- Associated Press - Wednesday, November 28, 2012

DAMASCUS, Syria (AP) — Twin suicide car bombs ripped through a Damascus suburb minutes apart on Wednesday, killing at least 34 people, state media said, and rebels claimed they shot down a Syrian air force fighter jet.

The state news agency, SANA, said suicide bombers detonated two cars packed with explosives early in the morning in the eastern suburb of Jaramana, a Christian and Druse area known as mostly loyal to President Bashar Assad.

Suicide bombings have struck regime targets in Damascus and elsewhere since last December. Such attacks are a trademark of radical Muslim groups fighting alongside other rebels units, raising concerns of growing influence of Islamic extremists among the forces seeking to topple the regime.

Wednesday’s bombs were detonated in a parking lot near a cluster of commercial buildings as groups of laborers and employees were arriving for work, killing 34 and injuring 83 people, SANA said.

The blasts shattered windows, littering the street with glass and debris. Human remains were scattered on the pavement in pools of blood. Six commercial buildings were damaged in the attacks, and dozens of cars were destroyed, SANA said.

After the first explosion, people rushed to help the injured, and then the second bomb went off, said Ismail Zlaiaa, 54, who lives in the neighborhood.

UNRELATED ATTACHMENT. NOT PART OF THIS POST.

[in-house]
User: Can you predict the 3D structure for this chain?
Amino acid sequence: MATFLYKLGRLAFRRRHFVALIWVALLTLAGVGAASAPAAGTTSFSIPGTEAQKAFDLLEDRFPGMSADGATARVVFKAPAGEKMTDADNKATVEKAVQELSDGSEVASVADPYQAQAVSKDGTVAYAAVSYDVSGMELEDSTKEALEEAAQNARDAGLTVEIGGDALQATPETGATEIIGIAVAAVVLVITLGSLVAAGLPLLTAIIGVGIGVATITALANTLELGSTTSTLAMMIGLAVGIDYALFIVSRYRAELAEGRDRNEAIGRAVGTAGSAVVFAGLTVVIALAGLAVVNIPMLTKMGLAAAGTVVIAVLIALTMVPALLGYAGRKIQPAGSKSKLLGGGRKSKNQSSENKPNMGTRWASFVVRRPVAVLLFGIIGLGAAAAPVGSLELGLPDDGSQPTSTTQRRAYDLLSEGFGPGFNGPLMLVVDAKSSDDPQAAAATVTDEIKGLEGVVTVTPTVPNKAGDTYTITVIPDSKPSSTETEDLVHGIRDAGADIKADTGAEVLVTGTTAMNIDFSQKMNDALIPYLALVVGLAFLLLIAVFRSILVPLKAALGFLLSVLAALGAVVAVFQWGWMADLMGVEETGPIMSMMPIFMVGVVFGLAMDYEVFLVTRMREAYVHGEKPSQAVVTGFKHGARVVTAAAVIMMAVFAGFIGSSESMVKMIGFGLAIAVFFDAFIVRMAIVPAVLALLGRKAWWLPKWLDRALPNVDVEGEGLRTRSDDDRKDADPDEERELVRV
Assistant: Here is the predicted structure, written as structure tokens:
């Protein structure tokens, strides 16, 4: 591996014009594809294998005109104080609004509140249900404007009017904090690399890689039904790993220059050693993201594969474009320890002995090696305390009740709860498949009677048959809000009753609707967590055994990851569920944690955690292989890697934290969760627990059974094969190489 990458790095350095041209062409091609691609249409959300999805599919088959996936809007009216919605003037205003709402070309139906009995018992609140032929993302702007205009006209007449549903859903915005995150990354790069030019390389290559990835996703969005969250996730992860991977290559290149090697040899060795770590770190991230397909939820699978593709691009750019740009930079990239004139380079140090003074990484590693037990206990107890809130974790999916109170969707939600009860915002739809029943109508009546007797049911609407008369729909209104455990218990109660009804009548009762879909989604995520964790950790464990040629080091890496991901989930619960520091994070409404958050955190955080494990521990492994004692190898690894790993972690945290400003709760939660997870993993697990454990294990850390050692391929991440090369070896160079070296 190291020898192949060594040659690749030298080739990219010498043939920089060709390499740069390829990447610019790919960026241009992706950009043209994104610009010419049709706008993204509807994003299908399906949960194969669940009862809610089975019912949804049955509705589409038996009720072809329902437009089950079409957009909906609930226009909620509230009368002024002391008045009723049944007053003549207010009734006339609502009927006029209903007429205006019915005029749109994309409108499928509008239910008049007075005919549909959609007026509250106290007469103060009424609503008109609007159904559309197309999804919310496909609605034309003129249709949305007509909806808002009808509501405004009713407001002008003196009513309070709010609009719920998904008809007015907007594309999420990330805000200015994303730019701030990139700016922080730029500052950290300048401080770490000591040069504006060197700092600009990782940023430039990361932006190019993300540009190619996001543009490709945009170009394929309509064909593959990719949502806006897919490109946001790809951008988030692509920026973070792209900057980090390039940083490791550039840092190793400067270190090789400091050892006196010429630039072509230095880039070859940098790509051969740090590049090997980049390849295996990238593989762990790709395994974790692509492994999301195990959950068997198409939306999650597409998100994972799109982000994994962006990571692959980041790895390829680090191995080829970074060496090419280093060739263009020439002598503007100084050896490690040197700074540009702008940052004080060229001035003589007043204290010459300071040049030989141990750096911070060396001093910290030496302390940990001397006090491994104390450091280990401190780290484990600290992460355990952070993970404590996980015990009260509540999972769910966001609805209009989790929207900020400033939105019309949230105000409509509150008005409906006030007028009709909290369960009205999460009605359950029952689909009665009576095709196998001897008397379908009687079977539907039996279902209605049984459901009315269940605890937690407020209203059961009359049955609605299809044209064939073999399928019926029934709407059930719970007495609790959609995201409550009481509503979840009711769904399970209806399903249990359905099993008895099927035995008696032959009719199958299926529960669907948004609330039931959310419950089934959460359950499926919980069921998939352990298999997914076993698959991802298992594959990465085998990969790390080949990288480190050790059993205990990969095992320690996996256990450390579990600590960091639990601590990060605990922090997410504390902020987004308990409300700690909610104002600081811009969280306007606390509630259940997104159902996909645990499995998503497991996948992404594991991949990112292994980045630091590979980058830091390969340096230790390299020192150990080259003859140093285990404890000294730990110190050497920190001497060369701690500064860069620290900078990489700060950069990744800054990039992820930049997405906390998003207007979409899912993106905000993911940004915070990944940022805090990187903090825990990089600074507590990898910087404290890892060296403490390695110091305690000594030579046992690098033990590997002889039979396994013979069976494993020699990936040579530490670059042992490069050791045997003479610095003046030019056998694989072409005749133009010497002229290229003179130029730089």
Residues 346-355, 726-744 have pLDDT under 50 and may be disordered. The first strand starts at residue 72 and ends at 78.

“It is an area packed with rush-hour passengers,” he said. “God will not forgive the criminal perpetrators.”

Ibtissam Nseir, a 45-year-old teacher, said the bombs exploded minutes before she set off for work. She said there were no troops around the district and wondered why the attackers would target it. Nseir blamed rebels.

“Is this the freedom which they want? Syria is a secure country and it will remain so,” she said.

There were conflicting reports about the death toll. Two hospital officials, speaking on condition of anonymity because they were not authorized to talk to reporters, said at least 30 bodies were brought to two hospitals. The Britain-based Observatory for Human Rights, which relies on reports from the ground, said 29 people were killed.

The different tolls could not immediately be reconciled. The regime restricts independent media coverage.

There was no immediate claim of responsibility for Wednesday’s bombings.

Opposition fighters are predominantly members of the Sunni Muslim majority. In their push to take Damascus, they have frequently targeted state institutions and troops. They have also often hit districts around the capital with the country’s minority communities, perceived to be allied with Assad’s Alawite sect, an offshoot of Shiite Islam.

Downtown Damascus — the seat of Assad’s power — has been the scene of scores of car bombs and mortar attacks targeting state security institutions and troops, areas with homes of wealthy Syrians, army officers, security officials and other members of the regime.

In May, two suicide car bombers blew themselves up outside a military intelligence building in Damascus, killing at least 55 people. In July, a bomb hit a building in which Cabinet ministers and senior security officials were meeting, killing the defense minister and his deputy, who was Assad’s brother-in-law. A former defense minister also died in the attack.

Story Continues →